Every so often I see a blog post or a comment that is along the lines of "Don't use X, it has too many dependencies, use Y instead, it doesn't depend on anything." I've touched on this subject before, but in different ways. I've seen this subject crop up again recently and think it warrants another look.
This time it was oriented towards Rails and Catalyst, but I've seen it on other projects as well. The question behind the above statement is somewhat deceiving. It seems to be: 'Do I choose a system that has lots of dependencies, or one that has only a few (or none)?' Well, when you put it like that, it seems like a no brainer... but it is, in reality, a trick question.
The truth is that no modern software stands on its own. There are literally hundreds of small tasks that need to be accomplished for every web request in a modern application. Decoding headers, parsing values, communicating with the web server, etc. All of these things need to be done. The question, really, is not whether you have lots of dependencies. The question is, are those dependencies internal or external.
So what's the difference between something with 'internal dependencies' and something with 'external dependencies'? The difference is that the 'internal dependency' projects try to do all those small tasks themselves, where the 'external dependency' projects delegate those small tasks to external modules specifically built for those particular tasks.
The practical differences between these two are subtle, but important. It's a difference in viewpoint for one. Those in the 'external dependency' camp tend to prefer to focus on the problem they are trying to solve, and use tools to solve the little tasks that are built for solving those little tasks. The 'internal dependency' camp tends to have a more 'do it myself so I can get exactly what I want' type view. Both of these views have merit in certain situations, but ultimately I think the 'external dependency' camp wins for all practical purposes and I'll explain why.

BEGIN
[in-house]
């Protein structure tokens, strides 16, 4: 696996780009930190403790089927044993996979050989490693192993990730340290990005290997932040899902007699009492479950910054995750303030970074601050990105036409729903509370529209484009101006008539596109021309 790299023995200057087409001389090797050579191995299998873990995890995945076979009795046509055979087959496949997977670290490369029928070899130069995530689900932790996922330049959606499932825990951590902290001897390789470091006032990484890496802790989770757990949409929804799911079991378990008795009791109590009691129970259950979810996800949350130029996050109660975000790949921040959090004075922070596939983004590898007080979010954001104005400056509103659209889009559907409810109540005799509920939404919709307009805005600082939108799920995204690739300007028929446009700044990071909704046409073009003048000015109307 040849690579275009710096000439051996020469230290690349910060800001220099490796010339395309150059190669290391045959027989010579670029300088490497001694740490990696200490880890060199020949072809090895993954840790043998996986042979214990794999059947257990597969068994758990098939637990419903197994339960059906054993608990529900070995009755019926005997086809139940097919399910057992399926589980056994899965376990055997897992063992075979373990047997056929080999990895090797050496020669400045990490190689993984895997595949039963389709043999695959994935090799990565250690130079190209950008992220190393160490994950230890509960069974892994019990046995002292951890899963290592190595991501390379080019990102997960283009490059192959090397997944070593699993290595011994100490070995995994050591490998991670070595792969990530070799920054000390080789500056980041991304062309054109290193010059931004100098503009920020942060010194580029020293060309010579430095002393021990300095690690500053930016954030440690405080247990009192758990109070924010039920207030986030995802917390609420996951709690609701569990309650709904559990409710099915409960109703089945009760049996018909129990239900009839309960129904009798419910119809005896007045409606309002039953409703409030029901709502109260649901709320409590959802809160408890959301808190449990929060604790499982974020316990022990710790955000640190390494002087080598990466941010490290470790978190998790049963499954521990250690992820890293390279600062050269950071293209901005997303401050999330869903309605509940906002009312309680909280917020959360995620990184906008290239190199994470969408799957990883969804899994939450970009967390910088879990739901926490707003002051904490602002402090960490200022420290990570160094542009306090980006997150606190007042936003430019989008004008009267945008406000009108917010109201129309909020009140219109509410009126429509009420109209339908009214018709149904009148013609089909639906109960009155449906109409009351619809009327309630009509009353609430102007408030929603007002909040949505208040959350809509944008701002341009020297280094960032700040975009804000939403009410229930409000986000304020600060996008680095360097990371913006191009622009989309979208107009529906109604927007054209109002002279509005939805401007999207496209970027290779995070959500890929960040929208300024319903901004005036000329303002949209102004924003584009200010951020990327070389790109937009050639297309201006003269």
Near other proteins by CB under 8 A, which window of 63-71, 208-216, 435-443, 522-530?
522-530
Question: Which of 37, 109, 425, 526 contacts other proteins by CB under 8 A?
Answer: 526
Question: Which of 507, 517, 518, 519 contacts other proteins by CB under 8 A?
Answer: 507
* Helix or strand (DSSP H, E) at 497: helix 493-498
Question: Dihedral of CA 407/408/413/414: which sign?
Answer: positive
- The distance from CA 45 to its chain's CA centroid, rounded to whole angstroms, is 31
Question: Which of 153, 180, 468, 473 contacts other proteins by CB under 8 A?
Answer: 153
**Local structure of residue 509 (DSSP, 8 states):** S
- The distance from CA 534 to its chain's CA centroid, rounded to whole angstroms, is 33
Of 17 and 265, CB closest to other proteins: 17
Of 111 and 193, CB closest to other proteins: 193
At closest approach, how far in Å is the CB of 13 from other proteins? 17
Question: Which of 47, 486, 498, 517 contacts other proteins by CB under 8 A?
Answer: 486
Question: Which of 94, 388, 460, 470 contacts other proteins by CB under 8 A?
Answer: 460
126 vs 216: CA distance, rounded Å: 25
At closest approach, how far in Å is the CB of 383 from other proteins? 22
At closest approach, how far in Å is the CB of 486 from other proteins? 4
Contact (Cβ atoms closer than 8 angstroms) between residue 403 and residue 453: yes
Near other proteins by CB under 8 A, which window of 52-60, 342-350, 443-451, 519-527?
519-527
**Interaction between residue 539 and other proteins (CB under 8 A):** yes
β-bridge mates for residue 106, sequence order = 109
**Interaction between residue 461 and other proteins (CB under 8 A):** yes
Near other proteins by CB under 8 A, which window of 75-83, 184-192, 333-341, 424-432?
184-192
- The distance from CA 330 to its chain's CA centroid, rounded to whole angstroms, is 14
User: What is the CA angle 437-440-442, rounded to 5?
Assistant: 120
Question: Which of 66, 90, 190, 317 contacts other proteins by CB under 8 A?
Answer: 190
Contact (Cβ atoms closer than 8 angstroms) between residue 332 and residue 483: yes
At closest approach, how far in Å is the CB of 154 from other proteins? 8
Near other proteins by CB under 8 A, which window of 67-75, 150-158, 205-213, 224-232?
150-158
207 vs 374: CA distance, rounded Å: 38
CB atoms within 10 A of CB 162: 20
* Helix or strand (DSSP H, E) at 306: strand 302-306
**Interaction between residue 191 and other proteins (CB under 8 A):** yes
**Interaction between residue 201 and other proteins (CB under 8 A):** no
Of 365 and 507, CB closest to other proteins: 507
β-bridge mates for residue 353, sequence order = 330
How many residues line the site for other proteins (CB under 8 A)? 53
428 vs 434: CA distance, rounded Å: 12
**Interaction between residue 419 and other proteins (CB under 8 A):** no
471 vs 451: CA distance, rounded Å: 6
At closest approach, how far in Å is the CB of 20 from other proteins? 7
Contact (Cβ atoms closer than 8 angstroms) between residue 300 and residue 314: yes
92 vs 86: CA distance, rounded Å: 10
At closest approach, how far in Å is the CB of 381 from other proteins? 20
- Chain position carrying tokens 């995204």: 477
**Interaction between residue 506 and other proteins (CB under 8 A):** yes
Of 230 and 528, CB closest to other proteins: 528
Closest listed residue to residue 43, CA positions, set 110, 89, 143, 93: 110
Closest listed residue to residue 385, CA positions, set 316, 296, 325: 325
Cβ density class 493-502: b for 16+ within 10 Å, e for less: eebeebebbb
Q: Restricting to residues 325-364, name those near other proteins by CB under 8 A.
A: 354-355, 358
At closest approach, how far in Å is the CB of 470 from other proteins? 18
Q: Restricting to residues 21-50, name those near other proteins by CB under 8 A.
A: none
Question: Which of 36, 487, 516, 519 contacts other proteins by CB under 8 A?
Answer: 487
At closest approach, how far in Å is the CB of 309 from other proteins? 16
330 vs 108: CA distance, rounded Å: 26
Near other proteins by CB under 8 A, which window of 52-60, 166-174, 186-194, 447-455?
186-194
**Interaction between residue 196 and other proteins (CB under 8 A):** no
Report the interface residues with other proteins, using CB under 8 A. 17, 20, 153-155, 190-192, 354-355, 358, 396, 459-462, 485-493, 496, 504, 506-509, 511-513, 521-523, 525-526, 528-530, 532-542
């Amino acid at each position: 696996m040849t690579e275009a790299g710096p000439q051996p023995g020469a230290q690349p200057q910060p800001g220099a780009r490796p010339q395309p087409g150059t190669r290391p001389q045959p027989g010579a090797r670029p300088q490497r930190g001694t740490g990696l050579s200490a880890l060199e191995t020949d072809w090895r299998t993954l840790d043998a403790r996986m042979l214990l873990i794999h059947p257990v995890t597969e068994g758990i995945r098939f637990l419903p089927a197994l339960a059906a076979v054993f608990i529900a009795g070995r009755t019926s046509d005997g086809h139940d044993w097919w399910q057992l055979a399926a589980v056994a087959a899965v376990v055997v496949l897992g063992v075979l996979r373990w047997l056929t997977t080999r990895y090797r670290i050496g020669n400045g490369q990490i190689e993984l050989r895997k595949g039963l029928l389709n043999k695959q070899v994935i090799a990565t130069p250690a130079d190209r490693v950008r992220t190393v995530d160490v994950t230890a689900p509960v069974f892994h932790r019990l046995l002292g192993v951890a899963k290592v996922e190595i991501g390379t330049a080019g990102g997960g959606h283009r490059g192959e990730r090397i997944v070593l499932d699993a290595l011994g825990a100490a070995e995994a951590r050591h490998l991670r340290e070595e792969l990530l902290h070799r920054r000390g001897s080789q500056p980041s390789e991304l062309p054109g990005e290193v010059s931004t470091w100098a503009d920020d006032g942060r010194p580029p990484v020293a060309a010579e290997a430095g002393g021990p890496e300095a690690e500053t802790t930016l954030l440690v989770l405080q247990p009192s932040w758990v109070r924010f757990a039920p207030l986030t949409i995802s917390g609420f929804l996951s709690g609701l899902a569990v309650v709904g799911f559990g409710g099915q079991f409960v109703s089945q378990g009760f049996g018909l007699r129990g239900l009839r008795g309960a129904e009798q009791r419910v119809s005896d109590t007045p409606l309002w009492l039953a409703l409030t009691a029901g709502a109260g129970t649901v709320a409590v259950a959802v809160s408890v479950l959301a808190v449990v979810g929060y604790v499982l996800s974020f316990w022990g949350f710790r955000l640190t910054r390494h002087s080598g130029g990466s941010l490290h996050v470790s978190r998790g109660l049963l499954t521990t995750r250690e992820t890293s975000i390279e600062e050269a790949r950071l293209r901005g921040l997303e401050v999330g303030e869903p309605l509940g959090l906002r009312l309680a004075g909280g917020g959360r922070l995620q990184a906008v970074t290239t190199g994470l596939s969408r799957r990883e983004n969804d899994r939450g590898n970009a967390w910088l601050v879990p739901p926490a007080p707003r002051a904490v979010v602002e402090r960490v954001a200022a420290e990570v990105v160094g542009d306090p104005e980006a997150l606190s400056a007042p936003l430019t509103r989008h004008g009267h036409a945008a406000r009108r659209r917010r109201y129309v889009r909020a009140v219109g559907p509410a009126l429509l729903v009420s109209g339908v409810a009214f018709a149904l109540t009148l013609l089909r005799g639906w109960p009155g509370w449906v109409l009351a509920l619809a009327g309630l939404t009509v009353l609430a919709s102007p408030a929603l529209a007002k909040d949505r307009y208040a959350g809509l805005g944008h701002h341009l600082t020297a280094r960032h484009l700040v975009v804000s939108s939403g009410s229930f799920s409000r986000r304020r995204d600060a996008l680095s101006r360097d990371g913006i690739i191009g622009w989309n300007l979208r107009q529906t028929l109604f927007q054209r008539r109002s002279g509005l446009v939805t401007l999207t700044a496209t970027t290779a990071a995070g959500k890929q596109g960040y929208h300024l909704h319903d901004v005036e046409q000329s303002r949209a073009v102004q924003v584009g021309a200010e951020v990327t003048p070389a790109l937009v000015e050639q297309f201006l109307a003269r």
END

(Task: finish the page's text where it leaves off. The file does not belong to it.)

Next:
One of the biggest wins for the 'external dependency' camp is that they are focused on their own particular problem and spend less time Yak Shaving, writing Yet Another Templating Language, etc.
Another important fact is that when a module is published on its own, it has to stand up on its own. This generally means more documentation and clearly defined interface. Interfaces are important because they are the contract between the code being used and the application which is using it. A clearly defined API makes the code that uses a module MORE solid, as it is clear what the expectations are on both sides.
Documentation solidifies APIs. When an API is documented, it becomes public and it adds weight to the code, making it harder to modify. When it's documented and published, it gets even more solid. It's like a sign that says 'don't pull this rug, someone might be standing on it'.
When the same small task is accomplished by some chunk of code in some sub-module within the main application, it is often without a clearly defined API and documentation. This doesn't seem like a big deal until you realize that it usually means that the application author feels like he can adjust the calling semantics or return values to work better in the newest release of ApplicationFramework vWhizBang.42. When that happens, any code that you wrote that used that functionality suddenly breaks. If you are lucky the change is documented somewhere so you can find out why your application doesn't work anymore. Most of the time you are not lucky.
Which brings us to the next point; the author of the 'small task' module has incentive to fix the problem without disrupting the API. As I mentioned, once documented and published, a module becomes solid. As soon as it's out there, people start depending on it, and not just the people who wrote it. This forces the author to think hard about making a change to the API. This is not motivated by some fuzzy 'goodness' feeling toward other people, it's simply the background knowledge that 'boy, if I change this, I am going to get swamped with emails and complaints'. All of this means that the author has a reason to fix whatever problem it is without disrupting the API... even if it's a little harder to do.